How Generic Scale Invariance Influences Quantum and Classical Phase Transitions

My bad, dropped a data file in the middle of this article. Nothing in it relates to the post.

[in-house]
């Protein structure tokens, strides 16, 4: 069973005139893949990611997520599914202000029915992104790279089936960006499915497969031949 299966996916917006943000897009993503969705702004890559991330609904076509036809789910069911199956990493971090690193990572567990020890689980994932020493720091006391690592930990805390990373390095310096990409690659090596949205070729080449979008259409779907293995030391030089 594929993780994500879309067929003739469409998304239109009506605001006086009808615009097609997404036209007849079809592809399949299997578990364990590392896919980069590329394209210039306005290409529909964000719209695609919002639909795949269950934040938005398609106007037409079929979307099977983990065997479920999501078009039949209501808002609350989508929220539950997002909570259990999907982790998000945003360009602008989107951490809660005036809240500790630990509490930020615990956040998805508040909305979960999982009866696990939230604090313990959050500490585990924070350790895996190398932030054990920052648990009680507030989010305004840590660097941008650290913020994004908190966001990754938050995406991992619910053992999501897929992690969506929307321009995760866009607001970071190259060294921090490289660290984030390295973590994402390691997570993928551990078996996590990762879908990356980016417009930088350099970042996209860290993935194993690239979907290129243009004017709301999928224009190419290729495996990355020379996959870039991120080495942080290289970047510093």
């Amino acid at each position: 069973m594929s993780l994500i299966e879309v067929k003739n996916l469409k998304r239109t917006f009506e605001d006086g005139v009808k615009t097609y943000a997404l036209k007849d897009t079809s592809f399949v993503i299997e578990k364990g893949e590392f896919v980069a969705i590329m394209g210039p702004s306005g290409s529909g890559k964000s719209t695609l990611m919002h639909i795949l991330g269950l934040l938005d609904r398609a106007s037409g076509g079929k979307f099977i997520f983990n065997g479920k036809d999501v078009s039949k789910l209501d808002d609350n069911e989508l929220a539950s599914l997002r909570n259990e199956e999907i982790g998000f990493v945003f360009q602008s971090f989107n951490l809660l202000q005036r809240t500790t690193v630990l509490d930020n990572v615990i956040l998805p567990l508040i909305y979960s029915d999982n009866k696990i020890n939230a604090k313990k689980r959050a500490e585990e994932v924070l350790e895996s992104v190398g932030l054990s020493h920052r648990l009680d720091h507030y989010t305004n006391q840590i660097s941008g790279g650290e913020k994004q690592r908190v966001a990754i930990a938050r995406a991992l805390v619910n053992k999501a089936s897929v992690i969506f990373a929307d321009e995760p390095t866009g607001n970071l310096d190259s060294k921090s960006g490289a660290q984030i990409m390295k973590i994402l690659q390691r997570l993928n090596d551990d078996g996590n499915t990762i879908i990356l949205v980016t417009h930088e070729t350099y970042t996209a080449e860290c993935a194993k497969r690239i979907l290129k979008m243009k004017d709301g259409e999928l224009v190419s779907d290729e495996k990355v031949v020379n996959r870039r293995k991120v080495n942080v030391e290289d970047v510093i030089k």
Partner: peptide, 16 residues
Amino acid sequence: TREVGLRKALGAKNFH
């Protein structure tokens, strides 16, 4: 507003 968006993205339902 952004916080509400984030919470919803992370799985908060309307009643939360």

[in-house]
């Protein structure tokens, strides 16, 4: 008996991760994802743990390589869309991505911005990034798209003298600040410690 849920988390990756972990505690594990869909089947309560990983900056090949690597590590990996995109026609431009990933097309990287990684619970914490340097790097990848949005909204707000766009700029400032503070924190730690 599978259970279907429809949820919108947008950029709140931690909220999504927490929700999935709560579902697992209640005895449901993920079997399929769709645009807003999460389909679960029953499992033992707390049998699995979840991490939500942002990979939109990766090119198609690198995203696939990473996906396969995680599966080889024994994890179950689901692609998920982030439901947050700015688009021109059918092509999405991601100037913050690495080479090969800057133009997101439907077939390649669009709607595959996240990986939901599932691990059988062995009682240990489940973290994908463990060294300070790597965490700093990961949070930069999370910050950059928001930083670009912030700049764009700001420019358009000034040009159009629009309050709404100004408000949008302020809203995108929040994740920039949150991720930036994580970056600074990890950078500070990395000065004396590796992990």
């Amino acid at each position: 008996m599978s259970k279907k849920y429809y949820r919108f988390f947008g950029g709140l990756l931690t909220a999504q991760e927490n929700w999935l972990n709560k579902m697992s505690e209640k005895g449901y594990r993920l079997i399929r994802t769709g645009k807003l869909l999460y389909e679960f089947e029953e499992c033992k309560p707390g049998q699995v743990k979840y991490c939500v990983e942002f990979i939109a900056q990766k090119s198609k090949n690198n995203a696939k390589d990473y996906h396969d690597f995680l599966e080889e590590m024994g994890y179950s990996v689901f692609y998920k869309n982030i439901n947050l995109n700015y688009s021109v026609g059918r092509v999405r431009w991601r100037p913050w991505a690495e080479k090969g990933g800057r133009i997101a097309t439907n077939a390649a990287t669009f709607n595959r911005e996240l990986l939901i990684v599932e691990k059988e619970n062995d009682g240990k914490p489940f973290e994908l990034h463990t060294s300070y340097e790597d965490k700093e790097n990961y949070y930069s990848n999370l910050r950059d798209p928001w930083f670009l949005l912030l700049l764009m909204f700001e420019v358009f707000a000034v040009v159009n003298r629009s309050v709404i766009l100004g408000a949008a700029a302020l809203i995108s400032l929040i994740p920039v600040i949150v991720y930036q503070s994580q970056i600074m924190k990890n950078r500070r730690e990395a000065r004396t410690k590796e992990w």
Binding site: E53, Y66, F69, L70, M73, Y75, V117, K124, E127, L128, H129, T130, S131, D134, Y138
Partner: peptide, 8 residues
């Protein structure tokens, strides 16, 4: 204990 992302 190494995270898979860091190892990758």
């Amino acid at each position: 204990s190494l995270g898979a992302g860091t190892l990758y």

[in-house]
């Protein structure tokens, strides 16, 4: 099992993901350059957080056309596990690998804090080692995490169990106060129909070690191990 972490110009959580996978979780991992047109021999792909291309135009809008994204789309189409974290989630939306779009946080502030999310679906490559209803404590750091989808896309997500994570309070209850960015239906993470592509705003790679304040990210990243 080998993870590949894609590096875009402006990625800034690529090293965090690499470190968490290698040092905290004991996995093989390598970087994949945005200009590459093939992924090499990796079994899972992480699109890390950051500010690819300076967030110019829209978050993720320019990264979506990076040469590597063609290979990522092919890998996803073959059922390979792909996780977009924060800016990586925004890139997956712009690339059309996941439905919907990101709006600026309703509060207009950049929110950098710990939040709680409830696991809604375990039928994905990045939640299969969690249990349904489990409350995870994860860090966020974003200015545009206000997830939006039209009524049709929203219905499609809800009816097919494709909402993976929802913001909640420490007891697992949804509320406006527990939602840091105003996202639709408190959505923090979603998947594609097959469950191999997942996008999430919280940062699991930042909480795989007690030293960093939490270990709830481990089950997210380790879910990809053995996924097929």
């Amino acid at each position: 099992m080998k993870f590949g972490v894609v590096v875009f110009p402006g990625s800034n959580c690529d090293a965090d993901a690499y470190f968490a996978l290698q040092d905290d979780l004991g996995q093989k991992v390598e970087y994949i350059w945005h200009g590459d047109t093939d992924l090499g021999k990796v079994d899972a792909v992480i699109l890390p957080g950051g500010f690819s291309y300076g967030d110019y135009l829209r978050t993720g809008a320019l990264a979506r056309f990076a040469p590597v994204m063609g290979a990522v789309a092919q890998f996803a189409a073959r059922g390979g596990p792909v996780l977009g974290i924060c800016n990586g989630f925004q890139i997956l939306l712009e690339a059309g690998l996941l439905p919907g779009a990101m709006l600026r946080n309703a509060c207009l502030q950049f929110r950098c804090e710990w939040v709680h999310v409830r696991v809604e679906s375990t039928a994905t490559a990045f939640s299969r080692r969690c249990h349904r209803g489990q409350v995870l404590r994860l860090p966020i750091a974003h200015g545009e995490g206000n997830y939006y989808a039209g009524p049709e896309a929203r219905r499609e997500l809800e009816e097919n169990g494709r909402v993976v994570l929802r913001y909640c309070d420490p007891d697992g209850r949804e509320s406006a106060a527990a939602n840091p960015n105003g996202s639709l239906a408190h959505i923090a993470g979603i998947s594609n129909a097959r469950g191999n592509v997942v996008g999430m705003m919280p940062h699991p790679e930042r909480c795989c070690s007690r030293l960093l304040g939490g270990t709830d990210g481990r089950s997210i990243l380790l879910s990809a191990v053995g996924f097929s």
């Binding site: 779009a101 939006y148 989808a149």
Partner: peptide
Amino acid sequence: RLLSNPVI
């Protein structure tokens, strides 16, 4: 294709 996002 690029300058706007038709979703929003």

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This review discusses a paradigm that has become of increasing importance in the theory of quantum phase transitions, namely, the coupling of the order-parameter fluctuations to other soft modes and the resulting impossibility of constructing a simple Landau-Ginzburg-Wilson theory in terms of the order parameter only. The soft modes in question are manifestations of generic scale invariance, i.e., the appearance of long-range order in whole regions in the phase diagram. The concept of generic scale invariance and its influence on critical behavior is explained using various examples, both classical and quantum mechanical. The peculiarities of quantum phase transitions are discussed, with emphasis on the fact that they are more susceptible to the effects of generic scale invariance than their classical counterparts. Explicit examples include the quantum ferromagnetic transition in metals, with or without quenched disorder; the metal-superconductor transition at zero temperature; and the quantum antiferromagnetic transition. Analogies with classical phase transitions in liquid crystals and classical fluids are pointed out, and a unifying conceptual framework is developed for all transitions that are influenced by generic scale invariance.